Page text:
Campaigners lay out new vision for mental health

Distressed woman
Distressed woman

The government’s forthcoming mental health strategy should commit to outlawing discrimination, providing key public sector workers with mental health training and setting a high-level target for improving outcomes.

That was the message from campaigners and service leaders today, in a report designed to influence the Department of Health’s New Horizons programme to develop a successor to the National Service Framework for Mental Health, which expires this year.

Mental health is ‘everybody’s business’

The Future Vision Coalition, which includes the Association of Directors of Adult Social Services, the Local Government Association, the NHS Confederation and all the major mental health charities, set out four principles for reform:
● Improving mental health is everybody’s business and requires action across government.
● Positive mental health should be promoted with early intervention when people become unwell.
● Mental health services should help people fulfil their potential.
● Service users and carers should shape their own support.

The coalition reiterated calls for a cabinet minister to champion mental health improvements within government and called for a new public service agreement specifying how government services should boost mental health and well-being.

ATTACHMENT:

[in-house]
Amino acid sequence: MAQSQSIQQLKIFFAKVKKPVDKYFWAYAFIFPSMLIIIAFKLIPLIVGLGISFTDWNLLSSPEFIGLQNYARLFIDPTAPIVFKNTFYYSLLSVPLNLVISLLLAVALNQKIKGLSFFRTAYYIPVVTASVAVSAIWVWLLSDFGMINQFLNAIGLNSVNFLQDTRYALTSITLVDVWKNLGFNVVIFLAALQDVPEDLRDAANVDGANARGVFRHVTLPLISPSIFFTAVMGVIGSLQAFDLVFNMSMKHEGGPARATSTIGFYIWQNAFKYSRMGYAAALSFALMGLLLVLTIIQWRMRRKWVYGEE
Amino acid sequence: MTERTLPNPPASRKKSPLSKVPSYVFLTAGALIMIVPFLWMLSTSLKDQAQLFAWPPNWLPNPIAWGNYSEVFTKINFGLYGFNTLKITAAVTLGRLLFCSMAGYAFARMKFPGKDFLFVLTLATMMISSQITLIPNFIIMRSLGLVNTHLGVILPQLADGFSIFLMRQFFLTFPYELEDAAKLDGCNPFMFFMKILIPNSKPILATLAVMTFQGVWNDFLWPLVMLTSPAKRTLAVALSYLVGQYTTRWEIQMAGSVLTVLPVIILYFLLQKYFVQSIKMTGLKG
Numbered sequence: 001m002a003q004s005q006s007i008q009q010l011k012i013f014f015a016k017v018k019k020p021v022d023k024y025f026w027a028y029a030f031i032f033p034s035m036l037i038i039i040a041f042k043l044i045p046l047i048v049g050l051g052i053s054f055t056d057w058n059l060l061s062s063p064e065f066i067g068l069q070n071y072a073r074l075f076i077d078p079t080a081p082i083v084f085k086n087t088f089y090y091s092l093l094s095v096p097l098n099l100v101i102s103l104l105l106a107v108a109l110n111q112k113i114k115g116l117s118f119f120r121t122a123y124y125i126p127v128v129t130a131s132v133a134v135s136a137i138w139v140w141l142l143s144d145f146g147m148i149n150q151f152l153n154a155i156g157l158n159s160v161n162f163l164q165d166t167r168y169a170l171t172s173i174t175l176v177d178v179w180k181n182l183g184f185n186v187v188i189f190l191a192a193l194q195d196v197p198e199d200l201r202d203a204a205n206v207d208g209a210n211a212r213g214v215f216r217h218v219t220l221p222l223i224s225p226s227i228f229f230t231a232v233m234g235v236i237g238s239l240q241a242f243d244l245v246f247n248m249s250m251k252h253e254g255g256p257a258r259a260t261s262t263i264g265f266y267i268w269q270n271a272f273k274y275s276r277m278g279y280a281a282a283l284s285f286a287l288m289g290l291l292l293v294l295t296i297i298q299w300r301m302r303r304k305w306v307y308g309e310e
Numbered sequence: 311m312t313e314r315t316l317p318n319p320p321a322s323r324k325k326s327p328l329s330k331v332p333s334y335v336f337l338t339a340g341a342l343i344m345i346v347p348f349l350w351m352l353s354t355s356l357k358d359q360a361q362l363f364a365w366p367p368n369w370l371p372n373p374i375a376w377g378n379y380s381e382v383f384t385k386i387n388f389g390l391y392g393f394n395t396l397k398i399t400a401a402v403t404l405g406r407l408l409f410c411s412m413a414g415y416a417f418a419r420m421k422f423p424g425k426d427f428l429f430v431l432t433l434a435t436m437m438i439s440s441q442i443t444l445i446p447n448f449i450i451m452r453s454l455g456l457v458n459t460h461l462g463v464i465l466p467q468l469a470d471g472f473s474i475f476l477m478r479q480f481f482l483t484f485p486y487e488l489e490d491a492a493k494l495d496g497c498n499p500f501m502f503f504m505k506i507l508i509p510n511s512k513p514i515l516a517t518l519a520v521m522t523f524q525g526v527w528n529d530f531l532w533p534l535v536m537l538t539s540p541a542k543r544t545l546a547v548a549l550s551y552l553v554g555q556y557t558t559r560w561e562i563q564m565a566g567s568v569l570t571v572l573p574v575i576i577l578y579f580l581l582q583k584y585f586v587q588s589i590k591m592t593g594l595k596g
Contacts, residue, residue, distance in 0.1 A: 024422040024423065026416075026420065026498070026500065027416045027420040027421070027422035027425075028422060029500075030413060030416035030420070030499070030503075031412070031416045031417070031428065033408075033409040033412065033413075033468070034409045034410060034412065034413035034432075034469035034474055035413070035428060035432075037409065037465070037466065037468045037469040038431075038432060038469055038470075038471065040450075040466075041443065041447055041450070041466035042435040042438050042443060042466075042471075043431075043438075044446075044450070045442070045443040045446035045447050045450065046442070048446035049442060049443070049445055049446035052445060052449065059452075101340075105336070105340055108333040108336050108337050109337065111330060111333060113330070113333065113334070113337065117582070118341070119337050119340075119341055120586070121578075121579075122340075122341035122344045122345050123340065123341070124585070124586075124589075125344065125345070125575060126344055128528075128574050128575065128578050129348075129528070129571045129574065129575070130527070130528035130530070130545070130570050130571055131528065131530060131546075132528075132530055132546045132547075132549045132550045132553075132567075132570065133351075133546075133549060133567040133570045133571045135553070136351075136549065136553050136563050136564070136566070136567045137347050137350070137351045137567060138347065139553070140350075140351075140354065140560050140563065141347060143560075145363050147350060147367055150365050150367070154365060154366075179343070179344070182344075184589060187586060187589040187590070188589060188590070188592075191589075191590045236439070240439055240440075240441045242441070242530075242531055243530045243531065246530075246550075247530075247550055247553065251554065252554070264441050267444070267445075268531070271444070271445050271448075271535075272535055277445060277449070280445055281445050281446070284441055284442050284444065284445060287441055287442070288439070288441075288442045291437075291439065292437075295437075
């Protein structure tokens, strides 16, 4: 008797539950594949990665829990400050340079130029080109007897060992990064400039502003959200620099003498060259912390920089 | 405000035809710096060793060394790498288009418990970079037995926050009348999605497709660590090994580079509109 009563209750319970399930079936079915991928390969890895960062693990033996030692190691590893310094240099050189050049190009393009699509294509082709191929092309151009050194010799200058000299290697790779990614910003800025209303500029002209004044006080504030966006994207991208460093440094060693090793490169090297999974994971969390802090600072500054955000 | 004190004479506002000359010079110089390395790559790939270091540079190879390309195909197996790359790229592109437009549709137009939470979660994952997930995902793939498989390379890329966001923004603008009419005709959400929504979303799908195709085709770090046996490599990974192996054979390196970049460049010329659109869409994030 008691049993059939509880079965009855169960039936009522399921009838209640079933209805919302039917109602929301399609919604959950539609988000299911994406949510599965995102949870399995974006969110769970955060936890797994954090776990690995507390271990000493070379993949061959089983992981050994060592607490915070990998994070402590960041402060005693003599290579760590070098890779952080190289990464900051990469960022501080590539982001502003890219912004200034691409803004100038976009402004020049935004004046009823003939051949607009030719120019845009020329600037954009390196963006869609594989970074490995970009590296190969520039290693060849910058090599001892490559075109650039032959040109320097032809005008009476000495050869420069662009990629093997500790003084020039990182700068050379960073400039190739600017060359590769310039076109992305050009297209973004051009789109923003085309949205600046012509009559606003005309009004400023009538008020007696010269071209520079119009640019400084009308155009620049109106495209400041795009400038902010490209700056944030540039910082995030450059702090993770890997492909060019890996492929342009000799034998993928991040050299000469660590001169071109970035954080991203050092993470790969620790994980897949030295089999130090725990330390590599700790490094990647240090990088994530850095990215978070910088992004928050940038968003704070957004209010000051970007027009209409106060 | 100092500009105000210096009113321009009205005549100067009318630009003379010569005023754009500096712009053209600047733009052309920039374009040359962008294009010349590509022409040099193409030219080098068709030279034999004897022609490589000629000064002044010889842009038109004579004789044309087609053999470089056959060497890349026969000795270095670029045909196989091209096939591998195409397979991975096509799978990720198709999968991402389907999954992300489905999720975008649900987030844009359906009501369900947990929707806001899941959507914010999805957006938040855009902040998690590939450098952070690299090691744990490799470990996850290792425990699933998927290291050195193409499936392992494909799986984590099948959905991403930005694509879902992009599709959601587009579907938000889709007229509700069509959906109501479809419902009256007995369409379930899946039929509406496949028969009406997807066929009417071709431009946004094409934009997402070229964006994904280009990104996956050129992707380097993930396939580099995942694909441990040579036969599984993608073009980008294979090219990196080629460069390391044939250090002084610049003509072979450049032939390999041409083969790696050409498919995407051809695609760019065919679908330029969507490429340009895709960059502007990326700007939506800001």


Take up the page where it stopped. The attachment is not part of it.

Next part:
Extend talking therapies

It said the government’s programme to improve access to psychological therapies should be extended throughout the country and to all client groups, including children, older people and prisoners.

The programme is currently due to cover working-age adults with common mental health problems in around half the country by 2011, by which time funding would have reached £170m a year.

Mental health training for teachers

As part of efforts to promote positive mental health and early intervention, it said all frontline professionals, including teachers, the police and social care staff, should be offered mental health training.

The government should actively support and give employers incentives to recruit, support and retain people with experience of mental health problems to increase employment rates, which are currently among the lowest of any disabled group.

The report, A Future Vision for Mental Health, also called for concerted action to tackle prejudice, including by legislating to explicitly outlaw discrimination. It also said the Time to Change anti-stigma campaign should receive government funding when its current financing from the Big Lottery and Comic Relief comes to an end.

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